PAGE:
To GK Capital Partners investors and friends,
Recent volatility in equity markets is causing a lot of understandable stress. I just wanted to connect over email quickly to assure you that I am watching events closely and monitoring the effects on the portfolio. It’s unfortunate that we have to go through this pain, but I remain very comfortable with the way the portfolio model is allocated.
Something to keep in mind is that there is a massive amount of capital in the markets that has a very short-term investment horizon. Most hedge funds, for example, either optimize around or pay very close attention to their monthly performance numbers–and traditional long-only mutual fund managers care quite a bit about quarterly results. And the media behave as if their time horizon is even shorter than that and select their “expert” commentators accordingly. This has resulted in a dramatic increase over the years in the volatility of investor sentiment/confidence, which causes wild short-term market swings.
We, on the other hand, all have long-term savings and investment agendas and need to find ways to screen out the short-term noise to focus on what’s important to us. So, first of all, the reason our model portfolio only allocates 35% to equities is that I (we) want this to be a defensive and low-volatility asset accumulation process for us all. Typical long-term models allocate 60-80% to equities, and if you do the fancy math, that actually means that about 95% of the “risk” in the portfolio is driven by stock market movement. That’s dangerous because it increases short-term volatility which increases the likelihood that an investor will bail on their investment/savings program.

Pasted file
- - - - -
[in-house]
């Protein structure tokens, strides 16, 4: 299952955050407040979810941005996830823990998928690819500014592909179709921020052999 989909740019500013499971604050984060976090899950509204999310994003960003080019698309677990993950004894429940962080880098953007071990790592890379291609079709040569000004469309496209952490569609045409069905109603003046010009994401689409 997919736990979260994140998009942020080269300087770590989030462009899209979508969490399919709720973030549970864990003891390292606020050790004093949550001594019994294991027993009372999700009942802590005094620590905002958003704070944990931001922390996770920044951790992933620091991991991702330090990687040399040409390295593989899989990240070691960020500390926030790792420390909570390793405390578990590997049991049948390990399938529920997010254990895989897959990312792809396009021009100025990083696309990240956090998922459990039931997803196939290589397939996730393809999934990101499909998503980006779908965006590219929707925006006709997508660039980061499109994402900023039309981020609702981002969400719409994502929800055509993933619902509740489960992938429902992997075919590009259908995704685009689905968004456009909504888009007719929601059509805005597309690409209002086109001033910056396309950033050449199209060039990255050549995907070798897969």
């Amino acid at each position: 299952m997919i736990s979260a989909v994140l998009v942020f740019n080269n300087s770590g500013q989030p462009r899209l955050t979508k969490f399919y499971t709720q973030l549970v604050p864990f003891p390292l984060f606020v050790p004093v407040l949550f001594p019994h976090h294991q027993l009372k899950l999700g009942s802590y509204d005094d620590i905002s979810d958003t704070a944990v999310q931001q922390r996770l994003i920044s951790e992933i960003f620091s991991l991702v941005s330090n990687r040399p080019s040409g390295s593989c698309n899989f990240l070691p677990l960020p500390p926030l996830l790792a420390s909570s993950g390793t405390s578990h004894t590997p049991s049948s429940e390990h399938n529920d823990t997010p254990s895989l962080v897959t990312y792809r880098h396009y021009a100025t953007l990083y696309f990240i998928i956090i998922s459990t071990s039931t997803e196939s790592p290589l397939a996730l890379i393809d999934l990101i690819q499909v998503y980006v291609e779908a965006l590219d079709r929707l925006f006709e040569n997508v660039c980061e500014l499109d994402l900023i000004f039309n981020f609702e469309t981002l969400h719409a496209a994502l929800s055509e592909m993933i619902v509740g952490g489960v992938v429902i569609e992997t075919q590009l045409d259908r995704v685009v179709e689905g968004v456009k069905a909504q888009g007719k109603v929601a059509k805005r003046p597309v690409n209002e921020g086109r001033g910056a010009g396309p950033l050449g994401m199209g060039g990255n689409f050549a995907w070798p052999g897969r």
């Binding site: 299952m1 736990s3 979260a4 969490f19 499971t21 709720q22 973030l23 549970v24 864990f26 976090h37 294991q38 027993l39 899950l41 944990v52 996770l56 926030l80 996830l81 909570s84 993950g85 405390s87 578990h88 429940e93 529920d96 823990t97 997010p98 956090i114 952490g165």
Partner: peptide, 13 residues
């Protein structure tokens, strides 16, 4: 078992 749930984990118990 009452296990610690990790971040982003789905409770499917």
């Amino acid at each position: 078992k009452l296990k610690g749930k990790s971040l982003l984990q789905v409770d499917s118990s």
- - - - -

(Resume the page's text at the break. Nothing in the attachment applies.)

Second, valuation levels right now are attractive relative to long-run averages. Many large US based companies, often with multinational business platforms, are trading at 10-13 times earnings (historical average is about 16-18) and pay dividend yields twice that of the current 10-year US Treasury yield (and have loads of cash on their balance sheets). Historically this type of valuation level has been a very good entry point for equity investing. Now, earnings multiples can go down further and earnings estimates can be lowered, so I’m not trying to call a bottom, but right now the upside is definitely much larger than the downside and I believe we will be paid appropriately over the long-run for staying invested.
Third, the other 65% of the portfolio is allocated to bonds, absolute return strategies, REITs, natural resources and commodities. This is a very diverse basket of investments that don’t move in tandem with the stock market (clearly the natural resources and commodities respond similarly to stocks with regard to general economic outlook, but they also provide the portfolio a substantial hedge against inflation). THIS is the “core” of our portfolio.
I have attached a short research report I received discussing recent volatility in case you want to do some more reading. Some of the managers have interesting comments. I completely agree with the following comment from Zevenbergen Capital:
…the markets have been trying to determine the extent that recent events (European debt burdens, U.S. credit rating downgrade, Japanese earthquake, etc.) will contribute to economic weakness, possibly a recession. We have experienced these tumultuous market environments several times in the history of our firm and can attest that it has never been rewarding over the long-term to make judgments or portfolio changes when emotions such as fear and panic are guiding many investors.
I commit to you that our investment decisions will be driven by the deep beliefs and understandings I have with regard to the fundamentals of capital markets and not on emotions. I take the responsibility of managing your money very seriously.
Please feel free to contact me anytime to discuss.